TOKYO: The dollar eased marginally against its peers on Tuesday, as the euro steadied after partners in Germany’s coalition settled a row over migration that had threatened to topple Chancellor Angela Merkel’s government.
The euro was little changed at US$1.1626 after shedding 0.45% overnight.
The euro had slipped on Monday after German Interior Minister Horst Seehofer offered to resign, but it later steadied when his Christian Social Union (CSU) party reached a deal with Merkel’s Christian Democrats (CDU) over illegal immigration, and the resignation threat was withdrawn.
“Concerns towards the euro have ebbed for the time being. But the underlying immigration and refugee theme will continue to remain a potential risk factor,” said Shin Kadota, senior strategist at Barclays in Tokyo.
The dollar remained broadly supported, meanwhile, as trade tensions propped up the greenback against commodity currencies, like the Australian dollar, and emerging market currencies whose economies are most vulnerable to a downturn in trade.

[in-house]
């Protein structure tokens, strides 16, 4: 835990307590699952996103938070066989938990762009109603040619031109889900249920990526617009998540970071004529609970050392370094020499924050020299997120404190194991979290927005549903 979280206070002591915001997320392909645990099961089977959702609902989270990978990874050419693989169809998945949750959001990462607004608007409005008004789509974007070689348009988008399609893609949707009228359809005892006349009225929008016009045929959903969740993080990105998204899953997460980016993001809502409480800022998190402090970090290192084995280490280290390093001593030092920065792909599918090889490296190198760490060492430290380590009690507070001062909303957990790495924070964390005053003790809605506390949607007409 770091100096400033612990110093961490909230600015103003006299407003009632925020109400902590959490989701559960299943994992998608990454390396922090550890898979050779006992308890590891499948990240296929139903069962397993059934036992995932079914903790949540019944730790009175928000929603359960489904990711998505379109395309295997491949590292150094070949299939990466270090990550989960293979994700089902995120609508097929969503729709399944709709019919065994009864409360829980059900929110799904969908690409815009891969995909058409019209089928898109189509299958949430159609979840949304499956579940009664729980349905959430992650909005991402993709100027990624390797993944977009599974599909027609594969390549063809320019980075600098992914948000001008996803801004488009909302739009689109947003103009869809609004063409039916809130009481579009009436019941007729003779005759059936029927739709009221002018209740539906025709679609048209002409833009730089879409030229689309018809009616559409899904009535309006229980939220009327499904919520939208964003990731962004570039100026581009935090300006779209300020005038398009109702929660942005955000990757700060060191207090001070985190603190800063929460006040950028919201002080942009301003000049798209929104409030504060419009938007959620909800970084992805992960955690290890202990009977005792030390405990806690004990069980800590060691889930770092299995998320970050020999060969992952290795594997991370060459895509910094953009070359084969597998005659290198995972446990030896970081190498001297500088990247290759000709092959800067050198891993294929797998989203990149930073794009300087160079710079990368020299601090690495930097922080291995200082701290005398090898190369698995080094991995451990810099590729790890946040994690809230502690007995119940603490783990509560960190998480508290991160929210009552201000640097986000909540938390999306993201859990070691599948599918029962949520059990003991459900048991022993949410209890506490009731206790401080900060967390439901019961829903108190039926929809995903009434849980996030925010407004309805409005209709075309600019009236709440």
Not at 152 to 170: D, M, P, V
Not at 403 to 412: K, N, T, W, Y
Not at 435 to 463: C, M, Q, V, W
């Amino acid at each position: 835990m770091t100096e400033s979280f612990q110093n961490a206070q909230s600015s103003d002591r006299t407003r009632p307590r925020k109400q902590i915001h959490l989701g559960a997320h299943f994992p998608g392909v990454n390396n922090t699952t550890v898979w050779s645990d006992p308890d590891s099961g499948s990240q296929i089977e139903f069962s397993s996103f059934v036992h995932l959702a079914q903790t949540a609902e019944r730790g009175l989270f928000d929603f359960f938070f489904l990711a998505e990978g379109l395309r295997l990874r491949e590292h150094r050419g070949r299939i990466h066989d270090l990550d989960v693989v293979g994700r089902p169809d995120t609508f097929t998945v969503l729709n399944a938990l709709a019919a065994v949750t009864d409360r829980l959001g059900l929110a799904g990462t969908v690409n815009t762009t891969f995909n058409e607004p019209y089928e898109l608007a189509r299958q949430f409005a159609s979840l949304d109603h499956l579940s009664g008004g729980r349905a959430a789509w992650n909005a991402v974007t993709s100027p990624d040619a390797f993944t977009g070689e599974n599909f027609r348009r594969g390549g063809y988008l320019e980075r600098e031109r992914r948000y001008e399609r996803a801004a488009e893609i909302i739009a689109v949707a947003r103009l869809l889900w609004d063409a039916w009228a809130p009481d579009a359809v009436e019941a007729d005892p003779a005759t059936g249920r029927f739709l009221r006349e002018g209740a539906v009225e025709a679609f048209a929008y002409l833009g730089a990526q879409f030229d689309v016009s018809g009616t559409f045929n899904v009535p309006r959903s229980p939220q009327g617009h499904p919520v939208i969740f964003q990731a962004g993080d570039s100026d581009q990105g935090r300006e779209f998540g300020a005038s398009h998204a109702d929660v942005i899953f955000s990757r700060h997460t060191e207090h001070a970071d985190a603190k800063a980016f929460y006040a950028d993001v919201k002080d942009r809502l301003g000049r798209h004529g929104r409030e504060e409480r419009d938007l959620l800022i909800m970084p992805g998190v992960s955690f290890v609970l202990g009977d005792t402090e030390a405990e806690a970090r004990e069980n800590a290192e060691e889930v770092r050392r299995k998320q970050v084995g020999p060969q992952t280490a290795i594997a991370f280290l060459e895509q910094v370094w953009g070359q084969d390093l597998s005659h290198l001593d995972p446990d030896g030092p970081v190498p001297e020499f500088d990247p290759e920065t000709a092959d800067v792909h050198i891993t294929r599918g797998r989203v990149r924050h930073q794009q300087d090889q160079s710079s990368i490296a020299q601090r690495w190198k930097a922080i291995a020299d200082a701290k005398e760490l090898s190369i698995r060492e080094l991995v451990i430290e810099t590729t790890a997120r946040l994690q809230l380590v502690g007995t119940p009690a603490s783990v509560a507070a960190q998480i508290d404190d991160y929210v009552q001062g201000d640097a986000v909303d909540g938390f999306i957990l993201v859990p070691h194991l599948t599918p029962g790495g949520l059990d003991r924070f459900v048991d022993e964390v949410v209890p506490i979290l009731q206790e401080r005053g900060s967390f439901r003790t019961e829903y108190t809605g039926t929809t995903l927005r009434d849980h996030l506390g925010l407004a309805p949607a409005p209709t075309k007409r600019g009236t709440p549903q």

The dollar index against a basket of six major currencies inched down 0.1% to 94.955 after gaining about 0.45% the previous day.
“There’s a strong element of ‘risk off’ generated by trade concerns behind the dollar’s latest rise. That said, the dollar has managed to gain only as emerging market and commodity currencies have slid due to risk aversion,” said Masafumi Yamamoto, chief forex strategist at Mizuho Securities in Tokyo.
“A currency of a country with a large current account deficit is not usually a choice destination during risk aversion, but the dollar is high in liquidity, which is a draw.”
The Chinese yuan extended its losses on the back of nervousness ahead of July 6, when US tariffs on Chinese exports are due to take effect.
The yuan retreated about 0.6% on Tuesday to its lowest since August 2017 versus the dollar.
Commodity-linked currencies such as the Australian dollar, which is sensitive to shifts in sentiment towards China, was near a 1-1/2-year low of US$0.7311 plumbed on Monday.
The Reserve Bank of Australia (RBA) holds its monthly policy meeting on Tuesday and is considered certain to keep rates at 1.5%, where they have been since mid-2016.
Focus was on whether the RBA makes a mention of the recent US-China trade tensions.
The dollar was a shade lower at 110.790 yen after edging up 0.2% the previous day, supported by robust US economic data, higher Treasury yields and a bounce in shares on Wall Street.